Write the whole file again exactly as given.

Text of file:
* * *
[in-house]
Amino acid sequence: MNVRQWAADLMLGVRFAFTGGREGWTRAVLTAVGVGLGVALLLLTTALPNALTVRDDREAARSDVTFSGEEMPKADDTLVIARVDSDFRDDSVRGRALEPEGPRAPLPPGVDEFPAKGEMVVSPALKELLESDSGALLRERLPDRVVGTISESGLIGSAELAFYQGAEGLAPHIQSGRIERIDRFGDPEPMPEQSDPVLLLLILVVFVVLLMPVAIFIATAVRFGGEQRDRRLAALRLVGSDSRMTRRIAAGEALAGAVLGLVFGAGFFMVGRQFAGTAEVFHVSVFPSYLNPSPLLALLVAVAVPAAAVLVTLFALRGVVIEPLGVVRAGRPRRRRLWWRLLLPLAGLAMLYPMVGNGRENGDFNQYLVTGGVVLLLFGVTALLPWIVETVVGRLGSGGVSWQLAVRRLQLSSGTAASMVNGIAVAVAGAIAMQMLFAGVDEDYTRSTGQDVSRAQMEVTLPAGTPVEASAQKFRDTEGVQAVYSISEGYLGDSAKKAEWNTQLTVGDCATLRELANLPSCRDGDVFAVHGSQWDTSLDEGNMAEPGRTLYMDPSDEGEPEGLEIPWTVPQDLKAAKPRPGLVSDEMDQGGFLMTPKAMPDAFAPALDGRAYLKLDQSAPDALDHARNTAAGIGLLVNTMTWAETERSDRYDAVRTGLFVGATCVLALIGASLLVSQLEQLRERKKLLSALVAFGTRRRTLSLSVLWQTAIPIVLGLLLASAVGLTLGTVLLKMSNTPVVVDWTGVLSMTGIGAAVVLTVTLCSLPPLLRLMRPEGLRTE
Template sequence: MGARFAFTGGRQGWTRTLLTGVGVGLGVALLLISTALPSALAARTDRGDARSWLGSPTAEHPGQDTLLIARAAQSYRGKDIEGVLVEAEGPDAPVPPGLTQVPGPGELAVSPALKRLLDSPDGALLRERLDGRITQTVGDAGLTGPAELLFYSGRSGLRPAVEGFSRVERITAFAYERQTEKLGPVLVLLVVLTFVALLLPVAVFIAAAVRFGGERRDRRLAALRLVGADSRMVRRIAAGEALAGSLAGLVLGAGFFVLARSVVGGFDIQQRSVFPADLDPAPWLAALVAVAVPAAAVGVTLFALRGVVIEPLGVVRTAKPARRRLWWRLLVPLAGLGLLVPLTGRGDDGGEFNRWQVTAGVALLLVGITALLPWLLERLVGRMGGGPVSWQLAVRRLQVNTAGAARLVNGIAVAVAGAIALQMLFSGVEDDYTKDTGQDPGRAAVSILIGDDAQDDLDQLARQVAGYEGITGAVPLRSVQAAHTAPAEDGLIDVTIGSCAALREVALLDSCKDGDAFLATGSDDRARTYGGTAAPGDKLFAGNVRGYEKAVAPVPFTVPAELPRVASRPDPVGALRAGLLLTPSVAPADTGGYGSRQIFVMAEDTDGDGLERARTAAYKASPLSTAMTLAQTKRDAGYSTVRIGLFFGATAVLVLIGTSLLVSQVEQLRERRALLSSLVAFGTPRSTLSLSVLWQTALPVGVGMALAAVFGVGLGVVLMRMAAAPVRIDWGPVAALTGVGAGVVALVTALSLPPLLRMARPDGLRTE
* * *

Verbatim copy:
[in-house]
Amino acid sequence: MNVRQWAADLMLGVRFAFTGGREGWTRAVLTAVGVGLGVALLLLTTALPNALTVRDDREAARSDVTFSGEEMPKADDTLVIARVDSDFRDDSVRGRALEPEGPRAPLPPGVDEFPAKGEMVVSPALKELLESDSGALLRERLPDRVVGTISESGLIGSAELAFYQGAEGLAPHIQSGRIERIDRFGDPEPMPEQSDPVLLLLILVVFVVLLMPVAIFIATAVRFGGEQRDRRLAALRLVGSDSRMTRRIAAGEALAGAVLGLVFGAGFFMVGRQFAGTAEVFHVSVFPSYLNPSPLLALLVAVAVPAAAVLVTLFALRGVVIEPLGVVRAGRPRRRRLWWRLLLPLAGLAMLYPMVGNGRENGDFNQYLVTGGVVLLLFGVTALLPWIVETVVGRLGSGGVSWQLAVRRLQLSSGTAASMVNGIAVAVAGAIAMQMLFAGVDEDYTRSTGQDVSRAQMEVTLPAGTPVEASAQKFRDTEGVQAVYSISEGYLGDSAKKAEWNTQLTVGDCATLRELANLPSCRDGDVFAVHGSQWDTSLDEGNMAEPGRTLYMDPSDEGEPEGLEIPWTVPQDLKAAKPRPGLVSDEMDQGGFLMTPKAMPDAFAPALDGRAYLKLDQSAPDALDHARNTAAGIGLLVNTMTWAETERSDRYDAVRTGLFVGATCVLALIGASLLVSQLEQLRERKKLLSALVAFGTRRRTLSLSVLWQTAIPIVLGLLLASAVGLTLGTVLLKMSNTPVVVDWTGVLSMTGIGAAVVLTVTLCSLPPLLRLMRPEGLRTE
Template sequence: MGARFAFTGGRQGWTRTLLTGVGVGLGVALLLISTALPSALAARTDRGDARSWLGSPTAEHPGQDTLLIARAAQSYRGKDIEGVLVEAEGPDAPVPPGLTQVPGPGELAVSPALKRLLDSPDGALLRERLDGRITQTVGDAGLTGPAELLFYSGRSGLRPAVEGFSRVERITAFAYERQTEKLGPVLVLLVVLTFVALLLPVAVFIAAAVRFGGERRDRRLAALRLVGADSRMVRRIAAGEALAGSLAGLVLGAGFFVLARSVVGGFDIQQRSVFPADLDPAPWLAALVAVAVPAAAVGVTLFALRGVVIEPLGVVRTAKPARRRLWWRLLVPLAGLGLLVPLTGRGDDGGEFNRWQVTAGVALLLVGITALLPWLLERLVGRMGGGPVSWQLAVRRLQVNTAGAARLVNGIAVAVAGAIALQMLFSGVEDDYTKDTGQDPGRAAVSILIGDDAQDDLDQLARQVAGYEGITGAVPLRSVQAAHTAPAEDGLIDVTIGSCAALREVALLDSCKDGDAFLATGSDDRARTYGGTAAPGDKLFAGNVRGYEKAVAPVPFTVPAELPRVASRPDPVGALRAGLLLTPSVAPADTGGYGSRQIFVMAEDTDGDGLERARTAAYKASPLSTAMTLAQTKRDAGYSTVRIGLFFGATAVLVLIGTSLLVSQVEQLRERRALLSSLVAFGTPRSTLSLSVLWQTALPVGVGMALAAVFGVGLGVVLMRMAAAPVRIDWGPVAALTGVGAGVVALVTALSLPPLLRMARPDGLRTE